By Lyndi Scott

It is easy when someone says the word “writer,” to immediately think of names like Ernest Hemingway or Jane Austen, Shakespeare or Mark Twain. You know, the Greats (relatively speaking). The writers that defined what it meant to be a writer. It is a great misfortune that we often make this association. Just because you didn’t write Paradise Lost or Harry Potter doesn’t mean you can’t “write.” It also ignores the technicality, of course, that anyone who writes is a writer: to write, and write something significant, doesn’t mean you have to be a professional or that it has to be awe-inspiring poetry that transforms the nation, or a masterpiece of the novel genre-- it just has to be written.

With that adieu, I will further this perspective using the great writers who wrote great quotes about writing but not about writers. (Say that three times fast-- or even once, for that matter.)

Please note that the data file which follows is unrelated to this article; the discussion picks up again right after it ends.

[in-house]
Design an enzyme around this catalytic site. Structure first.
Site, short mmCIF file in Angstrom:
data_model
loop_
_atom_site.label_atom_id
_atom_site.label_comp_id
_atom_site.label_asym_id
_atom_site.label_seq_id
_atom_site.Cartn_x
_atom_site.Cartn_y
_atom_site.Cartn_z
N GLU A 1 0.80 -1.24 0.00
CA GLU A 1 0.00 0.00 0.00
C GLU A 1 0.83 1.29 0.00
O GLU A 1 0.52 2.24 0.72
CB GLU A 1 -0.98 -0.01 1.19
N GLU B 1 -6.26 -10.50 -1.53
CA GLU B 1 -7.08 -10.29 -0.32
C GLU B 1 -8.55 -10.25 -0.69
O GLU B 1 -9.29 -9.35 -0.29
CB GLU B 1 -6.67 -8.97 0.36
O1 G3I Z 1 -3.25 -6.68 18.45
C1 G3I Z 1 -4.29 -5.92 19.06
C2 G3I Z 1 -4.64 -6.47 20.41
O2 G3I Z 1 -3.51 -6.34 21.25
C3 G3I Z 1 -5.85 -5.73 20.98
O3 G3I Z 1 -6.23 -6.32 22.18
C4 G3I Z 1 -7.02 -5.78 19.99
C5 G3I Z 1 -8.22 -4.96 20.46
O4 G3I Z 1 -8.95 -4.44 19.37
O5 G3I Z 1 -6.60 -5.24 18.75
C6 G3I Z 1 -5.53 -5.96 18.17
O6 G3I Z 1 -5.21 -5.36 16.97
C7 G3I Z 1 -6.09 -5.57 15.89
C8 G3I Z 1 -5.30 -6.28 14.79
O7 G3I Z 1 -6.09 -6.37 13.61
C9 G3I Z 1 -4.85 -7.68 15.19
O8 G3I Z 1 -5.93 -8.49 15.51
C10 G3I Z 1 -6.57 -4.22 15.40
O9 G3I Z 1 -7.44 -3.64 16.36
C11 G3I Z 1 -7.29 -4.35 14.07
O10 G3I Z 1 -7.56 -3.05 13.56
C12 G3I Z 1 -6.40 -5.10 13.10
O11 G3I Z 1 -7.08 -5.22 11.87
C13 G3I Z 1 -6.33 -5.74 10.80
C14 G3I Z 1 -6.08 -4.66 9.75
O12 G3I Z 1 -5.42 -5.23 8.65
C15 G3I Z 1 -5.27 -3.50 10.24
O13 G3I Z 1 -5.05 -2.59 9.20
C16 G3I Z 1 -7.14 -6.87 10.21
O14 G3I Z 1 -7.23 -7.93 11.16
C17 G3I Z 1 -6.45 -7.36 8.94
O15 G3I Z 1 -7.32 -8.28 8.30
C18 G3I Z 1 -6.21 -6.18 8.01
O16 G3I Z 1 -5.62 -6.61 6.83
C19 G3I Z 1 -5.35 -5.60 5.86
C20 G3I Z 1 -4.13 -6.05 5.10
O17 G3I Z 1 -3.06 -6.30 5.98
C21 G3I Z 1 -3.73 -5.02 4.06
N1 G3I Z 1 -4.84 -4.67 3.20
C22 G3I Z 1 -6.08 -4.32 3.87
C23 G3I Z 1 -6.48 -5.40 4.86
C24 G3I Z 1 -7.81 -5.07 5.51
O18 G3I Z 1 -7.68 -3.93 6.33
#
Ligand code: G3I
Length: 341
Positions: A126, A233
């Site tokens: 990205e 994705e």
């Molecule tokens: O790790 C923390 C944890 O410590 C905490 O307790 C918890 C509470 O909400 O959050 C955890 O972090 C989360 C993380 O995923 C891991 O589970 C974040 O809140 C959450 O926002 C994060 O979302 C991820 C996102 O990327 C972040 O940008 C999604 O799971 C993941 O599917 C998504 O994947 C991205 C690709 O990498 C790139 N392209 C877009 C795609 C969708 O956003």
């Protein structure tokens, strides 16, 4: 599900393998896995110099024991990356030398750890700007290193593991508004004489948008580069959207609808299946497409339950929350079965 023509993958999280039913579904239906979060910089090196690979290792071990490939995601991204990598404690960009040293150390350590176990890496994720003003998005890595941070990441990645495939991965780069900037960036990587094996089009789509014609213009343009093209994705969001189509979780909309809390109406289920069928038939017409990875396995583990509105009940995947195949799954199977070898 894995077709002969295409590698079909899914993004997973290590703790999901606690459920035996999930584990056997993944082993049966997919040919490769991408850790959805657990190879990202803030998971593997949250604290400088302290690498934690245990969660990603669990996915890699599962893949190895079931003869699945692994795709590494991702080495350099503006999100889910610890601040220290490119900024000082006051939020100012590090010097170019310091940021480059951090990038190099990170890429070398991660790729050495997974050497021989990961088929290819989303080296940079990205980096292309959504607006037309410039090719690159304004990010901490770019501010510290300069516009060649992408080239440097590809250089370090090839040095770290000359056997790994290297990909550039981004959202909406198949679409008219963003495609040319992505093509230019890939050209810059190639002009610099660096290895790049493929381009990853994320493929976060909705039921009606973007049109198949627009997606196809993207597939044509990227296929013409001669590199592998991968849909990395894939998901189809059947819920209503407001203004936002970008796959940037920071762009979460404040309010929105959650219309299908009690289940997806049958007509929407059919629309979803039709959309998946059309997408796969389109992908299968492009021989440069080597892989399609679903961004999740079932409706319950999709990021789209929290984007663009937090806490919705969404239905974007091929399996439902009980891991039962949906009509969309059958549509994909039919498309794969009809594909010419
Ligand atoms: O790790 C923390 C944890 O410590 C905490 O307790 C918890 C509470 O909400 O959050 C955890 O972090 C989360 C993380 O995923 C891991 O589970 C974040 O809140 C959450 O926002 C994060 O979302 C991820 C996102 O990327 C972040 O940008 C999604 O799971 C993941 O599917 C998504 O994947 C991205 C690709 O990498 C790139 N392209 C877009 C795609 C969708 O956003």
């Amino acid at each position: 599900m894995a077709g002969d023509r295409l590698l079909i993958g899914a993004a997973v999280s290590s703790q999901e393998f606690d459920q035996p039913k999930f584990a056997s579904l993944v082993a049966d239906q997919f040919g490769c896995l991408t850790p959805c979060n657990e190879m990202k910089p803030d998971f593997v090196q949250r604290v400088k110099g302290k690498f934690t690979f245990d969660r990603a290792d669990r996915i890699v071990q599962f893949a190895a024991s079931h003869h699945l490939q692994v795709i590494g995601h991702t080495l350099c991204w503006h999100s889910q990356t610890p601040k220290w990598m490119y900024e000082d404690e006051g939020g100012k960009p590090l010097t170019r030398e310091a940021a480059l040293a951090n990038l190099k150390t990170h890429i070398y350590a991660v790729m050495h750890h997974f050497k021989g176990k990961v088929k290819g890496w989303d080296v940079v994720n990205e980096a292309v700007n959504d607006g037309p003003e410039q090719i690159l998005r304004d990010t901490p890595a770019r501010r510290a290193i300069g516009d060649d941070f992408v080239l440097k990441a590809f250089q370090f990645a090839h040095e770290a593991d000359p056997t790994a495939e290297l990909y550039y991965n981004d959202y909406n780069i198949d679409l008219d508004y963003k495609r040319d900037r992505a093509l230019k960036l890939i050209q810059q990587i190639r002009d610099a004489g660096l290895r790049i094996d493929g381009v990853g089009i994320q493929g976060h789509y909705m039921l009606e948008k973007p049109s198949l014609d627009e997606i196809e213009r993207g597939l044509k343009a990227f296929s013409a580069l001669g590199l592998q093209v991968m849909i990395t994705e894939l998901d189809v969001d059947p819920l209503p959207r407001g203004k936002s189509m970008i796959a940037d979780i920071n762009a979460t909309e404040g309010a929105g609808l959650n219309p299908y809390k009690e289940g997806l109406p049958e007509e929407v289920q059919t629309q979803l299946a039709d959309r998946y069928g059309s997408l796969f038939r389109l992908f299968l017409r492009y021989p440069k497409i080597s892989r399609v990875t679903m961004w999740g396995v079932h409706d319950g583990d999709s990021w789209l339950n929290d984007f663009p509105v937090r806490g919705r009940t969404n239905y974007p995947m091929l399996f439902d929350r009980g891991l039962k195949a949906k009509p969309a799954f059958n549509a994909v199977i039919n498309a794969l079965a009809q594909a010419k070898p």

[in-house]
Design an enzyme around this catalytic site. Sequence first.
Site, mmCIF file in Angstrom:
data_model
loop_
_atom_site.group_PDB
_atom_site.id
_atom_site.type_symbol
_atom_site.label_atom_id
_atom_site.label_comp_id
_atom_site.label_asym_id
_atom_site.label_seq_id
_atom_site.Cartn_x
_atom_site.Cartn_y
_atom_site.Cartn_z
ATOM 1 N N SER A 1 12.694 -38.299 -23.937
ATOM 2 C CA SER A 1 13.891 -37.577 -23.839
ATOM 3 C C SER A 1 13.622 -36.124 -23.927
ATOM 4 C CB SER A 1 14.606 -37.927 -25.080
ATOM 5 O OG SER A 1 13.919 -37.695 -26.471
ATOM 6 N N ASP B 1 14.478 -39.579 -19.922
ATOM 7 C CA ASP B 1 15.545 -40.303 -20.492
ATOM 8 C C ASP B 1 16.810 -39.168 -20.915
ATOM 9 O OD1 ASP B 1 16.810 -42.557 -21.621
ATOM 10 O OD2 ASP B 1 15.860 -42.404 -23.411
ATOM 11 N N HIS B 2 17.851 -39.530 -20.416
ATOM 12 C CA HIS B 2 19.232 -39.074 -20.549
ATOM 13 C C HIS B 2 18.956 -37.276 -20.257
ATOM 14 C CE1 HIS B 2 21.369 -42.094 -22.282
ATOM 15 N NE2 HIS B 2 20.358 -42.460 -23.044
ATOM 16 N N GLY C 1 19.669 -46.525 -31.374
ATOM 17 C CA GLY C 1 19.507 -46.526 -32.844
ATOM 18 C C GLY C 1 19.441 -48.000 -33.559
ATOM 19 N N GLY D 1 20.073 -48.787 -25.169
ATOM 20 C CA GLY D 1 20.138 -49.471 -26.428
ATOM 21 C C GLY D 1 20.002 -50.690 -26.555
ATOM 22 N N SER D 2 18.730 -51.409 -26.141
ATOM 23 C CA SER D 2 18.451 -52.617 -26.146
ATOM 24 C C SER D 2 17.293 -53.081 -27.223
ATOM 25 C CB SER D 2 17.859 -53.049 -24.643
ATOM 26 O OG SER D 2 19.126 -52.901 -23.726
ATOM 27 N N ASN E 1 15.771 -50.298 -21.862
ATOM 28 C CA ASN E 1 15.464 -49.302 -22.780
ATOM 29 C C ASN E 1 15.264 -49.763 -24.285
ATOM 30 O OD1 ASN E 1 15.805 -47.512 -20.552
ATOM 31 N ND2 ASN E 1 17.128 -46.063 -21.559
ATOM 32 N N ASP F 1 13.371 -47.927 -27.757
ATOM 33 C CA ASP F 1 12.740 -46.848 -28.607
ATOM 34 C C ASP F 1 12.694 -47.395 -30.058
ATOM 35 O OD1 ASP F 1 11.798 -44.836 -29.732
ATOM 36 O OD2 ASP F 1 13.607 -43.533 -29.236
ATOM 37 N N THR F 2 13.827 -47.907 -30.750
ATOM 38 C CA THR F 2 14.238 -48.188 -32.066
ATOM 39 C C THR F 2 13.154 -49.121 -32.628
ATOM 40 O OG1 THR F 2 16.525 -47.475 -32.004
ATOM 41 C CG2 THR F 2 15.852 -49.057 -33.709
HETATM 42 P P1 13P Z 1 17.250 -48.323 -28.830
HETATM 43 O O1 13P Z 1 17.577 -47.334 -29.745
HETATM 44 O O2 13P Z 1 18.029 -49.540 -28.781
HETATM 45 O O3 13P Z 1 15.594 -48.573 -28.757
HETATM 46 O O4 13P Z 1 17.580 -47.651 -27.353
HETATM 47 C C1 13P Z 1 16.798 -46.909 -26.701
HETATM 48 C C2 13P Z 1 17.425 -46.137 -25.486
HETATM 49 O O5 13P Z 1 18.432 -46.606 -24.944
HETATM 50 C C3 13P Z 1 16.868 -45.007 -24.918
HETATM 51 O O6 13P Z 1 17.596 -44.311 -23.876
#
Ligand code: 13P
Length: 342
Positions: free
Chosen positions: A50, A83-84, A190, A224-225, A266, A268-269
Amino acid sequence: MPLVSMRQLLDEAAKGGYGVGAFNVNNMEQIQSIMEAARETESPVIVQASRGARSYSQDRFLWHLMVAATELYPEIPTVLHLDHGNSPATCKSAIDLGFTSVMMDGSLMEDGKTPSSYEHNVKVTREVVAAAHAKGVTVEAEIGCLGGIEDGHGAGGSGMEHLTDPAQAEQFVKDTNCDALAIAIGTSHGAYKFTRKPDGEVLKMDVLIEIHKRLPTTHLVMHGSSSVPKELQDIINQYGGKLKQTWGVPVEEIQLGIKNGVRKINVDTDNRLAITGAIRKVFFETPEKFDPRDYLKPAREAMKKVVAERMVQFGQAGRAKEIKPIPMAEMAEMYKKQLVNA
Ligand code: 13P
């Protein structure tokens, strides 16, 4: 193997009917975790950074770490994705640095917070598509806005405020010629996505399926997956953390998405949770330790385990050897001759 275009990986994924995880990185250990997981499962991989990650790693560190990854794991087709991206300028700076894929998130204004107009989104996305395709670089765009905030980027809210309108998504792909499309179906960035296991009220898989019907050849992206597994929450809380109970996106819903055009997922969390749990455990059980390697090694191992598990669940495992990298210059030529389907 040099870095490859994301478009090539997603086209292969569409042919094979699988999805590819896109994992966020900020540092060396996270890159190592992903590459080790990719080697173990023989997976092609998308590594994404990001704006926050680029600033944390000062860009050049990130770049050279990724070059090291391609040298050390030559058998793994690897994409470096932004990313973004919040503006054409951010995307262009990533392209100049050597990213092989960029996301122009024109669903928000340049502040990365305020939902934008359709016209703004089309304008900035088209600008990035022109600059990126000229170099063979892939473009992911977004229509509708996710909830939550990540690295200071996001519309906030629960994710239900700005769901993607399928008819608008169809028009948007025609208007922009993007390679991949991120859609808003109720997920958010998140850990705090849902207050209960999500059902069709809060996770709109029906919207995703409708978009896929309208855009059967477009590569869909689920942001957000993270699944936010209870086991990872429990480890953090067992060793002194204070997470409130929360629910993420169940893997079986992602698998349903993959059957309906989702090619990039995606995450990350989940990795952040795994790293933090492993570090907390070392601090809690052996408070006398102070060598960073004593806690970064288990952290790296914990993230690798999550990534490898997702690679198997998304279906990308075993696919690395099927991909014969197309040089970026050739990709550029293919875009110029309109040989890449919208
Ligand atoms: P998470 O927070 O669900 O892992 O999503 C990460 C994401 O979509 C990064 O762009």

“A word after a word after a word is power.” ― Margaret Atwood
Even writers don’t write to win the Nobel Prize in Literature. Writing is therapeutic and is a powerful thinking process for both the individual writing, and those who read it. The act of writing is a cognitive process, so no matter what you are writing about, you are going to think very deeply about it before and while your pen touches the paper.

“The purpose of a writer is to keep civilization from destroying itself.” ― Albert Camus
If philosophers like Plato and Socrates or ancient scientists like Galileo or Copernicus had never written their thoughts down, not as writers, mind you, but as thinkers, gravity would’ve taken centuries longer to understand. Do you think? Then write. It is through writing that the world connects, grows, and accumulates the mass of knowledge that is currently swirling around in Google databases. 
“A book is made from a tree. It is an assemblage of flat, flexible parts (still called "leaves") imprinted with dark pigmented squiggles. One glance at it and you hear the voice of another person, perhaps someone dead for thousands of years. Across the millennia, the author is speaking, clearly and silently, inside your head, directly to you. Writing is perhaps the greatest of human inventions, binding together people, citizens of distant epochs, who never knew one another. Books break the shackles of time ― proof that humans can work magic.” ― Carl Sagan